First, California employment law does not make distinctions between employees working lawfully or illegally. Labor Code 1171.5 plainly declares:
(a) All protections, rights, and remedies available under state law, except any reinstatement remedy prohibited by federal law, are available to all individuals
regardless of immigration status who have applied for employment, or who are or
who have been employed, in this state. (b) For purposes of enforcing state labor and employment laws, a person's immigration status is irrelevant to the issue of liability,and in proceedings or discovery undertaken to enforce those state laws no inquiry shall be permitted into a person's immigration status except where the person seeking to make this inquiry has shown by clear and convincing evidence that the inquiry is necessary in order to comply with federal immigration law.
In Reyes v. Van Elk, the California Court of Appeal held that section 1171.5 is not preempted by federal immigration laws. Reyes and others accused Van Elk of failing to pay the "prevailing wage." The Superior Court held that federal immigration law preempted section 1171.5 and that Reyes could not seek unpaid prevailing wages because he was an illegal immigrant. The court of appeal reversed, holding that federal law (IRCA) does not preempt section 1171.5, and that Reyes had standing to sue for unpaid wages.
Second, in a case having broad implications for employers hiring workers under immigration visas such as H1-B's, the Ninth Circuit Court of Appeals held that an employer could be held liable for wrongfully discharging an employee who was not authorized to work in the U.S. The case is Incalza v. Fendi. Incalza worked for Fendi under an E-1 visa. When a French company bought Fendi, the E-1 visa no longer was valid. Fendi, which did apparently not want to retain Incalza anyway, discharged him because he was not lawfully working in the U.S. Incalza asked for a leave of absence to obtain a visa or to marry his fiance, a U.S. citizen.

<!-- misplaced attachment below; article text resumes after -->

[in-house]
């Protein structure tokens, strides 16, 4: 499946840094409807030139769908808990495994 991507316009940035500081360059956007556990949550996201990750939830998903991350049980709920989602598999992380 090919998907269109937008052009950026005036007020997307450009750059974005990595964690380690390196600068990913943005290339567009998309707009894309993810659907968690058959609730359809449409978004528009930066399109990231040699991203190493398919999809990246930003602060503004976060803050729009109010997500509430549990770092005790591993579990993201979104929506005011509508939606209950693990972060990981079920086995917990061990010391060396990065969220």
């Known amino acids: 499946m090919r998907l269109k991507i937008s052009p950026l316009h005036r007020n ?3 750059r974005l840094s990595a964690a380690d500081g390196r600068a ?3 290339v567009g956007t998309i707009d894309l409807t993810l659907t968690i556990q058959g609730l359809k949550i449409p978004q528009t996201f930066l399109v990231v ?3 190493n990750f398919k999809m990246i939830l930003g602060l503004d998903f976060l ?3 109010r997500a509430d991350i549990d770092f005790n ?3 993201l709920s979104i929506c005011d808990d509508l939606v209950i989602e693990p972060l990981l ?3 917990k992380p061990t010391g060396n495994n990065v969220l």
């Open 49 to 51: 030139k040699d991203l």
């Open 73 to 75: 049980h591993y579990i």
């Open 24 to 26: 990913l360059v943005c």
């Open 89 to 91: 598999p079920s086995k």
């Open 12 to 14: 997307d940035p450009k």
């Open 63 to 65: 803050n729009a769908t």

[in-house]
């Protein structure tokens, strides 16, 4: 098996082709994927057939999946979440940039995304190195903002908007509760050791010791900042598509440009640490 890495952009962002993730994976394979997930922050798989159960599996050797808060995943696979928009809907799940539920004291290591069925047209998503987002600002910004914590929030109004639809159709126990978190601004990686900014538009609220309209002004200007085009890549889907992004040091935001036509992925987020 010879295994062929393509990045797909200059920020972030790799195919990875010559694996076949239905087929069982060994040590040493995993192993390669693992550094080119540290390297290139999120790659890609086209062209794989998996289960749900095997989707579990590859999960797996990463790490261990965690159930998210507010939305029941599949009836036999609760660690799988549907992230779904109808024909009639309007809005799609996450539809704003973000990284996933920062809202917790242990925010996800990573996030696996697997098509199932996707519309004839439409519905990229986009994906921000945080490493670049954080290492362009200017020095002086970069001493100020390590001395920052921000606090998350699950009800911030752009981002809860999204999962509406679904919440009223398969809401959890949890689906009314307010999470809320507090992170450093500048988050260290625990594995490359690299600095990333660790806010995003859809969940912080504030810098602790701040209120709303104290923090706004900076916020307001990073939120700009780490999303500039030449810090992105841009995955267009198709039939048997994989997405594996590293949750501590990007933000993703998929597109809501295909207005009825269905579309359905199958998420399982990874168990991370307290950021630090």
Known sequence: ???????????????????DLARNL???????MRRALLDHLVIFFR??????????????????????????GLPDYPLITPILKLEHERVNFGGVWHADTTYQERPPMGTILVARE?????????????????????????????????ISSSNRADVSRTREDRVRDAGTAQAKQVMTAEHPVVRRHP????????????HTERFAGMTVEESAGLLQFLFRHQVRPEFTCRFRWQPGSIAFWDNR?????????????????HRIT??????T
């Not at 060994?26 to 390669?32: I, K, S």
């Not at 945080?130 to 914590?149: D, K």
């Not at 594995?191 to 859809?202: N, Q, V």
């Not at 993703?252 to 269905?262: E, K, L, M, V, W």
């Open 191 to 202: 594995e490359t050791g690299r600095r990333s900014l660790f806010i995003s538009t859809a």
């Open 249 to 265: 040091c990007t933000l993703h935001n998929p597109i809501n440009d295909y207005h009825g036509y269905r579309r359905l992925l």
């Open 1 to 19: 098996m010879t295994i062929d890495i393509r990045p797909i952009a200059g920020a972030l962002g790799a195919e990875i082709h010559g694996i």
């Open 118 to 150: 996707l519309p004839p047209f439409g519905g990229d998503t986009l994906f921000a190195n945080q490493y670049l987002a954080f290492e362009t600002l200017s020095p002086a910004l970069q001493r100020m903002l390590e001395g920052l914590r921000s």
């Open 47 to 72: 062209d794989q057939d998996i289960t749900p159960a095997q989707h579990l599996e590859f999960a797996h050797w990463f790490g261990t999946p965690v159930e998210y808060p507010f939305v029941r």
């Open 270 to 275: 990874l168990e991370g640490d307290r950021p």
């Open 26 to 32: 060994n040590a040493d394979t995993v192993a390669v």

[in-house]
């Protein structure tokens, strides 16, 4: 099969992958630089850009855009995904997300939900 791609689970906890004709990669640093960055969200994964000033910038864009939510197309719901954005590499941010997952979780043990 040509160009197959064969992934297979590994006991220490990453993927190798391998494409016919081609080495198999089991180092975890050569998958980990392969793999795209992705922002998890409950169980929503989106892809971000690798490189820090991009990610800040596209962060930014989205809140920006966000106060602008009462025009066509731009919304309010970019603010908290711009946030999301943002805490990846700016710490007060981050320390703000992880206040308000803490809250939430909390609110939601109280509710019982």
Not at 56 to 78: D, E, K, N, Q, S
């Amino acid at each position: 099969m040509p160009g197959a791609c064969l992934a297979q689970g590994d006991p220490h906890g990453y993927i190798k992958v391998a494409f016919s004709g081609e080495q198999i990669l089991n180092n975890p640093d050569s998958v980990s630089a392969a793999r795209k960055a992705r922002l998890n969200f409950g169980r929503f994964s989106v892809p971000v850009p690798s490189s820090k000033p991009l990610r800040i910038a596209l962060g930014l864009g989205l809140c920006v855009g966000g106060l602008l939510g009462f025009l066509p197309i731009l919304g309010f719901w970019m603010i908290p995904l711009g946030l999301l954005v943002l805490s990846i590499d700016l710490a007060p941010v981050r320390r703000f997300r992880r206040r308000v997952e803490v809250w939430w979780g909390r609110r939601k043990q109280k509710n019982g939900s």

Incalza sued for breach of contract not to terminate without good cause, among other things. Fendi argued that "good cause" was established because Incalza was not lawfully allowed to work, and Fendi was not obligated to wait until Incalza became authorized to work. A jury found in favor of Incalza. Fendi appealed and ran right into Stephen Reinhardt.
The Court of Appeals said that IRCA does not require employers to terminate workers who may resolve immigration status if they are granted a leave of absence. Does the law require granting a leave of absence? No, but this did not stop the Court of Appeals. The Court said that an employee on leave is not actually "employed" under IRCA. (This is news to employers who must provide all sorts of leaves with guaranteed reinstatement.) Because the employee is not really "employed" while on leave, the court reasoned, the employer can comply with IRCA and not discharge the worker.
Distinguishing Supreme Court authority and the IRCA statute itself, the Court announced this rule: "as a general rule, individuals who are indisputably not authorized to work must be discharged immediately. An individual who has the opportunity to switch from an E-1 to an H1-B . . . is, however, another matter."
Incidentally, the court also held that IRCA does not conflict with Lab. Code section 1171.5, just as the state court in Van Elk did. So, that issue is settled unless the Supremes take up Fendi.
In light of this case, employers seeking to discharge employees must carefully examine whether to use the expiration of a visa as the sole justification for termination. The courts may well say that it was not "necessary" to discharge the worker merely because he or she no longer was authorized to work in the U.S.